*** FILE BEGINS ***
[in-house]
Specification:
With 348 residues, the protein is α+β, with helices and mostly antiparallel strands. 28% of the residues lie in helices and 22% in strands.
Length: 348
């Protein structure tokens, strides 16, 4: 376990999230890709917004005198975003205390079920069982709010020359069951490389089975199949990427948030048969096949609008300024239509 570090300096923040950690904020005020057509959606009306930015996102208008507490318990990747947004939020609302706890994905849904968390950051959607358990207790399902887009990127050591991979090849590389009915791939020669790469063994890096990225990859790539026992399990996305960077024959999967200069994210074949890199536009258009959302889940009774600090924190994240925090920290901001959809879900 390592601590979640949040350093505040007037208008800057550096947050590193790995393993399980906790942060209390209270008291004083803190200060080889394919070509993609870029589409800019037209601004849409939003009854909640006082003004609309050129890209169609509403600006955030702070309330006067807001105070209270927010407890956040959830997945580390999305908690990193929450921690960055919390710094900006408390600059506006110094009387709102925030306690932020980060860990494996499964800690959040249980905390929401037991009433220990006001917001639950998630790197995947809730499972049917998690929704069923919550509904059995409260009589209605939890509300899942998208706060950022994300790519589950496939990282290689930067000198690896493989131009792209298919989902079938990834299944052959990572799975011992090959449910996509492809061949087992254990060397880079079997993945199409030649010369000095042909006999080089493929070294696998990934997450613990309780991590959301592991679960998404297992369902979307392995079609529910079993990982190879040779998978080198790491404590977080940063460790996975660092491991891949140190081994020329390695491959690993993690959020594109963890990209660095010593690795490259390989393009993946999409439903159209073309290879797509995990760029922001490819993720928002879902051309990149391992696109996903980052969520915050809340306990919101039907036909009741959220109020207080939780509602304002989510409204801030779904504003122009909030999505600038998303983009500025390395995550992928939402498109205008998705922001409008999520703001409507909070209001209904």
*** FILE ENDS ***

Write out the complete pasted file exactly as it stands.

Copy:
[in-house]
Specification:
With 348 residues, the protein is α+β, with helices and mostly antiparallel strands. 28% of the residues lie in helices and 22% in strands.
Length: 348
């Protein structure tokens, strides 16, 4: 376990999230890709917004005198975003205390079920069982709010020359069951490389089975199949990427948030048969096949609008300024239509 570090300096923040950690904020005020057509959606009306930015996102208008507490318990990747947004939020609302706890994905849904968390950051959607358990207790399902887009990127050591991979090849590389009915791939020669790469063994890096990225990859790539026992399990996305960077024959999967200069994210074949890199536009258009959302889940009774600090924190994240925090920290901001959809879900 390592601590979640949040350093505040007037208008800057550096947050590193790995393993399980906790942060209390209270008291004083803190200060080889394919070509993609870029589409800019037209601004849409939003009854909640006082003004609309050129890209169609509403600006955030702070309330006067807001105070209270927010407890956040959830997945580390999305908690990193929450921690960055919390710094900006408390600059506006110094009387709102925030306690932020980060860990494996499964800690959040249980905390929401037991009433220990006001917001639950998630790197995947809730499972049917998690929704069923919550509904059995409260009589209605939890509300899942998208706060950022994300790519589950496939990282290689930067000198690896493989131009792209298919989902079938990834299944052959990572799975011992090959449910996509492809061949087992254990060397880079079997993945199409030649010369000095042909006999080089493929070294696998990934997450613990309780991590959301592991679960998404297992369902979307392995079609529910079993990982190879040779998978080198790491404590977080940063460790996975660092491991891949140190081994020329390695491959690993993690959020594109963890990209660095010593690795490259390989393009993946999409439903159209073309290879797509995990760029922001490819993720928002879902051309990149391992696109996903980052969520915050809340306990919101039907036909009741959220109020207080939780509602304002989510409204801030779904504003122009909030999505600038998303983009500025390395995550992928939402498109205008998705922001409008999520703001409507909070209001209904």